The United Nations Educational, Cultural and Scientific Organization (UNESCO) is a specialized agency of the United Nations. It was founded with the mission of contributing to peace and security by promoting international collaboration through education, science and culture. With 195 Member States and nine Associate Members, UNESCO is governed by a General Conference and Executive Board, and the decisions of these two bodies are implemented by the Secretariat under the leadership of the current Director-General, Irina Bokova. UNESCO is one of the six founding UNAIDS Cosponsors. Under the UNAIDS Division of Labour, UNESCO is responsible for leading efforts to support countries in scaling up the education sector response to HIV. UNESCO has more than 50 staff members dedicated to working on HIV and health education. Of these, the majority are National Programme Officers based in countries that UNAIDS has prioritized for high-impact programmes. The agency draws on its unique spectrum of competencies across the diverse spheres of education, the sciences, culture, communication and information to push for a truly multisectoral and comprehensive response to HIV.


Education is seen as the cornerstone of an effective response to HIV and contributes to fostering economic growth, reducing poverty and improving general health. UNESCO believes that education can transform lives, and has the capacity to create globally minded citizens able to thrive in their environment, take healthy decisions and build a more just, inclusive, safe and sustainable world. The role of the sector includes providing learners and staff with the knowledge, skills, attitudes and values that can, in the longterm, contribute to safer behaviours and enable them to stay healthy and free from HIV.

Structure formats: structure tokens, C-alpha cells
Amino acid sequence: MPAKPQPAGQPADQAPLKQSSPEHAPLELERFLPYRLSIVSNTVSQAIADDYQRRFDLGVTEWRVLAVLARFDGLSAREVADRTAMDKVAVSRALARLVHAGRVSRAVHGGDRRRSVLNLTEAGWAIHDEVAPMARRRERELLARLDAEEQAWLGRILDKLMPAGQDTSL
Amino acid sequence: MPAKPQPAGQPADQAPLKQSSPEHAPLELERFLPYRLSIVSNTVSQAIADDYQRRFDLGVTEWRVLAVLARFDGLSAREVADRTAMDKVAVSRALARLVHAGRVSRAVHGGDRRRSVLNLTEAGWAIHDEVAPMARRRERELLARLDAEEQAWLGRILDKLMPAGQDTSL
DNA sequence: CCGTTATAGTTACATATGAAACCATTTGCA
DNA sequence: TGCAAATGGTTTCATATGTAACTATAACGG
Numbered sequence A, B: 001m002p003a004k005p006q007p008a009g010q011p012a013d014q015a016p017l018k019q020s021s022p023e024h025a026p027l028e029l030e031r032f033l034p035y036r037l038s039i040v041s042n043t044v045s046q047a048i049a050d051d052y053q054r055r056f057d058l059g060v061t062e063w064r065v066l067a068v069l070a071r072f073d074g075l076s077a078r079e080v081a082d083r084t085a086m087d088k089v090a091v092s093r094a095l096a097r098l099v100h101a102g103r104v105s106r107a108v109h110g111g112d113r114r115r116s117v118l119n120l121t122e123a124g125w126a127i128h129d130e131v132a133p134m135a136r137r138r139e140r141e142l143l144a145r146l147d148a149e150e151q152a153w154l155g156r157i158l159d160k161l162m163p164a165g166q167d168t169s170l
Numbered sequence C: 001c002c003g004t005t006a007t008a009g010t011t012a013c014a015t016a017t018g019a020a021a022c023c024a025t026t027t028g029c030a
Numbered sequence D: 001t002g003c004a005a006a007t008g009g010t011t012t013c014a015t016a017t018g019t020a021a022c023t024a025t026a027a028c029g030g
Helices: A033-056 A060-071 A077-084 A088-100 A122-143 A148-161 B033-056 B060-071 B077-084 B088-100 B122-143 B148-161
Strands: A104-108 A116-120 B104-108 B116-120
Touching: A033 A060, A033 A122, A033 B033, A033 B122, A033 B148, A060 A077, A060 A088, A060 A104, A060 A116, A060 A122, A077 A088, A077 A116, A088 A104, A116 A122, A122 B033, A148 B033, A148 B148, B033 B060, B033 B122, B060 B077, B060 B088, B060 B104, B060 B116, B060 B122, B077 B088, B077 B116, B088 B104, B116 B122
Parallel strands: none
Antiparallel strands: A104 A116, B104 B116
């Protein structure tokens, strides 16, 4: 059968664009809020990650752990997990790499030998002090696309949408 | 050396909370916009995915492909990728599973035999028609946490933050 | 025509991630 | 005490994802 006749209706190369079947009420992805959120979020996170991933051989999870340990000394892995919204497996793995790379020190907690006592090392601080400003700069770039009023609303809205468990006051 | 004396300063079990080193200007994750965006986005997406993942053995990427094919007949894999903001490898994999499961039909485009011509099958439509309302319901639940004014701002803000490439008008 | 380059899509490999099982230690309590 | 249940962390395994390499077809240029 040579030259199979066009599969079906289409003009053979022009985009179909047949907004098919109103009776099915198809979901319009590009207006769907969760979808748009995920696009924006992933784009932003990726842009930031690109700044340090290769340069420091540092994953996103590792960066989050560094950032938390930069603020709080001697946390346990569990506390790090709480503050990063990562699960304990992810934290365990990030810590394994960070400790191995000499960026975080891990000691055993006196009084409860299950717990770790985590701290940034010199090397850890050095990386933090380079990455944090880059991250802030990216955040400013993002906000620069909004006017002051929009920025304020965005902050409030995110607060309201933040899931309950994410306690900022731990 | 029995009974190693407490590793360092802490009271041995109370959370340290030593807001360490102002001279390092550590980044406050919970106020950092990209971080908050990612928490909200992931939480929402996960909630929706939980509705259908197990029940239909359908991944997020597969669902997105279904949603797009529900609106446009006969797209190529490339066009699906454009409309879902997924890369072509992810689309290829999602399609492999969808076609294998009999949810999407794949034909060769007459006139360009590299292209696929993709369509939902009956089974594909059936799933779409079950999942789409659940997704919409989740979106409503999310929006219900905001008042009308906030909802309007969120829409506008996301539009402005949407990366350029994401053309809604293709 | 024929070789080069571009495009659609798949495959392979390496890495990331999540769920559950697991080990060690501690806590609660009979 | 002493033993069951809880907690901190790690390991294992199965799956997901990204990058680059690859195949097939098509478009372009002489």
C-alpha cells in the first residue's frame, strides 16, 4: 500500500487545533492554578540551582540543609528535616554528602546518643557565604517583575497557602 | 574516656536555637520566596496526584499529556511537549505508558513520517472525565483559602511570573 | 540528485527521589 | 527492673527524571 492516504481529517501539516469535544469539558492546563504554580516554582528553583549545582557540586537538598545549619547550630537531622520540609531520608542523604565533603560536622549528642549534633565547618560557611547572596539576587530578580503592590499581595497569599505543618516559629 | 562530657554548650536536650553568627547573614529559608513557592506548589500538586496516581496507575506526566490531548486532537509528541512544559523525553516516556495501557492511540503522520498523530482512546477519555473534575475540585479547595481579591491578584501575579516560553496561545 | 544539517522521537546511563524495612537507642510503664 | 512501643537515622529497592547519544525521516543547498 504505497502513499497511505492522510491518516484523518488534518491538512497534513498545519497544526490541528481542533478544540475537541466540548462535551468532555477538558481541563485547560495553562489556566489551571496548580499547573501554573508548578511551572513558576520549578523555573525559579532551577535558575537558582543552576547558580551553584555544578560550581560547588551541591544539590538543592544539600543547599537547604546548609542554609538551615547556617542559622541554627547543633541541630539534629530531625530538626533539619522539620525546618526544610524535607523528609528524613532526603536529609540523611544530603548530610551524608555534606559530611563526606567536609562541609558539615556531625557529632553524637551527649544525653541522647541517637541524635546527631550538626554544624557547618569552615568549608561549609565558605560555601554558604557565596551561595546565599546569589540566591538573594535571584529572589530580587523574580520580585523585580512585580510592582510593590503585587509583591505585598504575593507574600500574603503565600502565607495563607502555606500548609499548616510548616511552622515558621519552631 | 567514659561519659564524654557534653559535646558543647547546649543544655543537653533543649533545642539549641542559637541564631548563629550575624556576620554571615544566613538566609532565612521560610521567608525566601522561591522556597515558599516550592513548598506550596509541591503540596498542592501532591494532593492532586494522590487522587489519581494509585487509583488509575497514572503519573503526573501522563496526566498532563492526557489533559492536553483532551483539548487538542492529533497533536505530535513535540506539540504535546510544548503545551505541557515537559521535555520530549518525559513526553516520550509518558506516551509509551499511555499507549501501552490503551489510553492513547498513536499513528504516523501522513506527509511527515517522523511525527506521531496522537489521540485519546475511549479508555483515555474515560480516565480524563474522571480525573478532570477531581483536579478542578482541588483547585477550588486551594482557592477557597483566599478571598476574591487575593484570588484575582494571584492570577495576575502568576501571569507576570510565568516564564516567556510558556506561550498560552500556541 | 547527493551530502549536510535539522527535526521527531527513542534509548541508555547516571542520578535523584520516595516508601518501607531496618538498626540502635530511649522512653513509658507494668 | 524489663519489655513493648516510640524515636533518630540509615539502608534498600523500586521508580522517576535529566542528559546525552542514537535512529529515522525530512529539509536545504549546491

UNESCO’s work on the response to AIDS is guided by multiple strategies and results frameworks. HIV and health education have been defined as an expected result of UNESCO’s 2014–2021 Medium-term Strategy. The organization is also guided by the UNAIDS Unified Budget, Results and Accountability Framework 2012–2015, the UNAIDS 2011–2015 Strategy and the 2011 United Nations Political Declaration on HIV and AIDS. UNESCO also has its own strategy for HIV, which defines three key areas of focus: building country capacity for successful and sustainable responses to HIV in the education sector; strengthening comprehensive HIV and sexuality education; and advancing gender equality and protecting human rights.